Guan Liang’s paintings of Chinese opera characters eschew depictions of grand narratives, but rather hone in on each character’s inner drama. In Legend of the White Snake, Xiaoqing is dressed in black, her posture valiant and heroic. With both hands gripping swords, she points one of the weapons directly toward a frightened and disoriented Xu Xian, who has fallen pitifully onto the ground. Bai Suzhen stands between the two characters to protect her husband. This is the climax of the emotional intensity and conflict in the opera. As Bai Suzhen exclaims while standing on the bridge, “See the broken bridge, the bridge is not broken, but it has broken one’s insides” (Broken Bridge, Legend of the White Snake), one senses the roiling mixture of love and hate in her words, her anger and mercy vying for dominance. All of this is captured vividly and thoroughly in Guan Liang’s painting. For a female opera character, in addition to singing and physical positioning and posture, the “flowing sleeves” are an essential part of the character’s expression. The sleeves can be nimbly manipulated, often used to convey emotion. Flipping the sleeves conveys grief or emotional excitement, flinging the sleeves represents anger and discontent, while creating waves with the sleeves can mean a variety of different emotions. In the painting, Bai Suzhen’s left arm is raised high, her sleeve flipped over, as though she’s throwing it off. Our protagonist’s grief, rage, pain, and conflict all pour out onto the painting in a single emotive gesture of her sleeve. Guan Liang captures this fleeting moment with exquisite vividness, an accomplishment that reveals both the artist’s deep familiarity with the opera, as well as his special affection for it.

The figures of the characters in the painting are intentionally portrayed with clumsy and childish lines. Yet this simplicity points to a deeper and profound complexity. The idiosyncrasies and personalities of the figures have been given over entirely to the facial expressions, in particular their eyes. As Guan Liang once said, “When the eyes have been refined and animated, and one has fully comprehended the character’s and the actor’s interiority, thoroughly grasped and internalized it, success will naturally follow.” Through masterful brushstrokes, each of the characters’ eyes—whether glaring, provocative, or downtrodden—reveal the subtle relationship among the three figures, as well as the humanity of the two non-human characters. Bai Suzhen and Xiaoqing, both snake deities, share an unbreakable bond of friendship. Bai Suzhen recognizes that Xu Xian’s love is fallible, and yet she chooses to trust him. This demonstrates a capacity for sincerity, kindness, and character that seems almost to surpass such qualities possessed by humans. Guan Liang’s concise and powerful brushstrokes boldly reveal these connections and bonds on paper, allowing the viewer to see the scene as an audience member. The artists guides the viewer by the narrative into rage, grief, tears, and laughter, the entirety of this marvellous story resounding in the soul.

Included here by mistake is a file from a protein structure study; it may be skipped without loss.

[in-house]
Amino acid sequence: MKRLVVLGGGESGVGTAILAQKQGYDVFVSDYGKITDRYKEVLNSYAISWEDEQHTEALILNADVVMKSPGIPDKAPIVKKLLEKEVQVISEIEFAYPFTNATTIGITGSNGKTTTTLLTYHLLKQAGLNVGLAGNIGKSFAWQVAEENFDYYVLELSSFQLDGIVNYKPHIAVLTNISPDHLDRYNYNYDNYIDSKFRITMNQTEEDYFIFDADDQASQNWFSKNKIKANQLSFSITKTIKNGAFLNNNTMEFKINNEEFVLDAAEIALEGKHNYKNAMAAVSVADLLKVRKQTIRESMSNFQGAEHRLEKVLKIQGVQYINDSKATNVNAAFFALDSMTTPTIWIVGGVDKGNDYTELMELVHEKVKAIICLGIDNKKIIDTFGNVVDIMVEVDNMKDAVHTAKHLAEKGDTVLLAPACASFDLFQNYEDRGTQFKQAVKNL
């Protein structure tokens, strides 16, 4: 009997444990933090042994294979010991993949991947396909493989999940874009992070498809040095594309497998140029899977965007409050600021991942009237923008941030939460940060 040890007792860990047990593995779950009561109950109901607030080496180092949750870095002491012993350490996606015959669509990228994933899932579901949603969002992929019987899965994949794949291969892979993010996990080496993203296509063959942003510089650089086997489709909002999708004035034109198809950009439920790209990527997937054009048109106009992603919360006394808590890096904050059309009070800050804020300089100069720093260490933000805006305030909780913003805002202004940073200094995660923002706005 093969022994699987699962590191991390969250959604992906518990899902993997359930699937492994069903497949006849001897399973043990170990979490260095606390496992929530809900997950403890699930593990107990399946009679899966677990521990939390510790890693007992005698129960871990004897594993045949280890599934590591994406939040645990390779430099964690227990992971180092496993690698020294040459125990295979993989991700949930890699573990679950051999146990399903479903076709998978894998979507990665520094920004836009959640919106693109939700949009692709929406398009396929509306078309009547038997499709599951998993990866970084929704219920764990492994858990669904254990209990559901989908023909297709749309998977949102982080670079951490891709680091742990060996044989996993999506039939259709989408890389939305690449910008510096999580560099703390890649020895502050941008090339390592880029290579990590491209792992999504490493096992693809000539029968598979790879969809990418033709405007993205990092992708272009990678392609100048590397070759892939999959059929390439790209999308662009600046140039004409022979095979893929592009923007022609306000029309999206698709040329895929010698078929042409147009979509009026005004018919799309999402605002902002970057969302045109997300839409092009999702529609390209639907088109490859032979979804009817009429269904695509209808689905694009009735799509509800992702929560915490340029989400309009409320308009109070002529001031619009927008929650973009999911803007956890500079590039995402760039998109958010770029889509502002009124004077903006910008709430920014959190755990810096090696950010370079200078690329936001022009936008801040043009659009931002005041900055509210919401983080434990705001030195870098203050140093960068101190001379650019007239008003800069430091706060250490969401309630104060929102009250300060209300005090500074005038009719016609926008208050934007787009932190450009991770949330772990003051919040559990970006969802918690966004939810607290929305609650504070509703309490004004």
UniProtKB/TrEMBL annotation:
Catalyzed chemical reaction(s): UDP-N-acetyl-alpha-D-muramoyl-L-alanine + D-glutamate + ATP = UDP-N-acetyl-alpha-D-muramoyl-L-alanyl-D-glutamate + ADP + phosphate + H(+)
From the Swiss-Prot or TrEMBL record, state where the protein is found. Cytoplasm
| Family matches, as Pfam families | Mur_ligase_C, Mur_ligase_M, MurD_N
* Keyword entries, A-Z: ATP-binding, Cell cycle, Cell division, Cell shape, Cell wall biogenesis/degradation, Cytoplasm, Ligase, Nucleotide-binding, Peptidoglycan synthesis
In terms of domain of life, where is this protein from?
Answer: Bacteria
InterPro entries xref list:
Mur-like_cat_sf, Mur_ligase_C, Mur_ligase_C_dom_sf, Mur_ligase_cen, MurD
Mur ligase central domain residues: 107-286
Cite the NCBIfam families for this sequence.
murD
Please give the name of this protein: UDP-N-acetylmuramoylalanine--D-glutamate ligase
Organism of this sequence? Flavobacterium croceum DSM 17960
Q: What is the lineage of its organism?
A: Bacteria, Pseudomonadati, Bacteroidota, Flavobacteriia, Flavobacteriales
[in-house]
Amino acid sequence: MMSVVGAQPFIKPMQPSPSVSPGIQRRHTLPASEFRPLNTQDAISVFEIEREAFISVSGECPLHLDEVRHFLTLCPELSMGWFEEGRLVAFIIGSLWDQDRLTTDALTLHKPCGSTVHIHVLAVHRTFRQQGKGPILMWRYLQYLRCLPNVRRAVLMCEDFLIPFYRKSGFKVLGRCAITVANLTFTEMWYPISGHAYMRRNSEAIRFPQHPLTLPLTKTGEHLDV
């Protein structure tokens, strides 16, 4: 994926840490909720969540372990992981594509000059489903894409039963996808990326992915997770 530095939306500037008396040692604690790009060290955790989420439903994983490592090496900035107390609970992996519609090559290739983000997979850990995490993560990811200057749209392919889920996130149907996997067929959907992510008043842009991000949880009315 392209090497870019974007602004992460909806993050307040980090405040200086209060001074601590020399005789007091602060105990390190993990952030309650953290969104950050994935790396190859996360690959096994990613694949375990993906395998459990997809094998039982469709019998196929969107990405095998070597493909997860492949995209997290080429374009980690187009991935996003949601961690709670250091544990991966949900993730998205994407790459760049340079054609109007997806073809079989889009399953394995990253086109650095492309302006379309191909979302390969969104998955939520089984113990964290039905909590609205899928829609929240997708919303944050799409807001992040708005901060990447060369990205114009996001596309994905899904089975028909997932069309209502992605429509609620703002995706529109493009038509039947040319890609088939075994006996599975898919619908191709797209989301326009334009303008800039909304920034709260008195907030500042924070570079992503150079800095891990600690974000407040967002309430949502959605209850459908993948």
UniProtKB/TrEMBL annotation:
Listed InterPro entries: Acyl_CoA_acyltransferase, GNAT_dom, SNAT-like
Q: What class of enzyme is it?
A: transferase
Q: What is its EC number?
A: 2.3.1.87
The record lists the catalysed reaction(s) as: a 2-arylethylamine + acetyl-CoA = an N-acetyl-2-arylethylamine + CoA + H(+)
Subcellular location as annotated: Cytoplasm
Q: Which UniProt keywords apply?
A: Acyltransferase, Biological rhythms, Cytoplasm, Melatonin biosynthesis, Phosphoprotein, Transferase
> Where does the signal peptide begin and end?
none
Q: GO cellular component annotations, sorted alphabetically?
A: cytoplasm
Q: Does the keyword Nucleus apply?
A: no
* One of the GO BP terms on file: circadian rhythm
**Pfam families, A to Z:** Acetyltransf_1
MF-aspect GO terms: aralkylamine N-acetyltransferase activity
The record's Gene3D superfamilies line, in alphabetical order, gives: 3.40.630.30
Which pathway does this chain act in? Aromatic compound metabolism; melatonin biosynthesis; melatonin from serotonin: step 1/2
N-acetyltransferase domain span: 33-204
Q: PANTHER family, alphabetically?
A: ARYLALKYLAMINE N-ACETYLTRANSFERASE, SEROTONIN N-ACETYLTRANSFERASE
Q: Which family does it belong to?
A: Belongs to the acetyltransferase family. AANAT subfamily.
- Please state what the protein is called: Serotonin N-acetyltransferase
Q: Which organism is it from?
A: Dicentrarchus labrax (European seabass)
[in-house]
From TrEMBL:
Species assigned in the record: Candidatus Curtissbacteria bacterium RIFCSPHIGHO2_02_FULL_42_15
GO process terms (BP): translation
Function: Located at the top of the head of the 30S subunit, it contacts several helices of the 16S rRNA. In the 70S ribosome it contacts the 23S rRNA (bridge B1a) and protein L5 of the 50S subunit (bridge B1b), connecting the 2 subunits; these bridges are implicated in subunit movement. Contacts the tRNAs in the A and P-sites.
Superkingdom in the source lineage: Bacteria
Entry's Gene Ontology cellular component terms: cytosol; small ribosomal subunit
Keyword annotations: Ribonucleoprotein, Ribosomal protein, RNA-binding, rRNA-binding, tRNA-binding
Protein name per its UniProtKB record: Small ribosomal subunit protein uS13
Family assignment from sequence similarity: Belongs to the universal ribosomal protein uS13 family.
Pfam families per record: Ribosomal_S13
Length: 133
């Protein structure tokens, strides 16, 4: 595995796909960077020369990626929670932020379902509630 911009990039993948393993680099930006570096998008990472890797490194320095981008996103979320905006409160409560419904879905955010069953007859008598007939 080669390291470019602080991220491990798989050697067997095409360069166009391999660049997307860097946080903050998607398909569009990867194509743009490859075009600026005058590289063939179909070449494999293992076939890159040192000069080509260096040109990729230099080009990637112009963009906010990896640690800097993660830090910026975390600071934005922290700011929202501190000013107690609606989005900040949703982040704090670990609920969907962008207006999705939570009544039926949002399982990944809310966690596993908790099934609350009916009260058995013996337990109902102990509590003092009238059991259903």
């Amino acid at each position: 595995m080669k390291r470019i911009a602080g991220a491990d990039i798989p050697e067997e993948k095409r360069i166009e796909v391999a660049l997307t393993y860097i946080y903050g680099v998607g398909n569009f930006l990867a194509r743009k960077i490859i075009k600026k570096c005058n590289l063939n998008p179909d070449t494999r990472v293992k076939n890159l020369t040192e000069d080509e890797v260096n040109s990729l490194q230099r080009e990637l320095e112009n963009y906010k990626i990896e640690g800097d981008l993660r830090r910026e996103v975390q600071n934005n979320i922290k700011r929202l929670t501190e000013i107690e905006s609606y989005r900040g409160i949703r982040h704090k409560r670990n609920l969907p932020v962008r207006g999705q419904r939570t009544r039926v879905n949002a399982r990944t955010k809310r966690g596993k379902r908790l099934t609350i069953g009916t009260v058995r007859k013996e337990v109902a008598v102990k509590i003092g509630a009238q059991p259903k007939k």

In addition to the opera performers, the painting depicts the Broken Bridge and a willow tree in the foreground, with the Leifeng Pagoda on a distant mountaintop. These details show the care and attention that Guan Liang applied to the painting, contributing to the completeness and unity of this scene at the “Broken Bridge.” In Guan Liang’s oeuvre, there are no more than 10 works that depict opera characters in which the artist applied colour in the background. Taking into account also the grand size of the painting, and the refined and exquisite detail, this piece is undoubtedly one of a kind.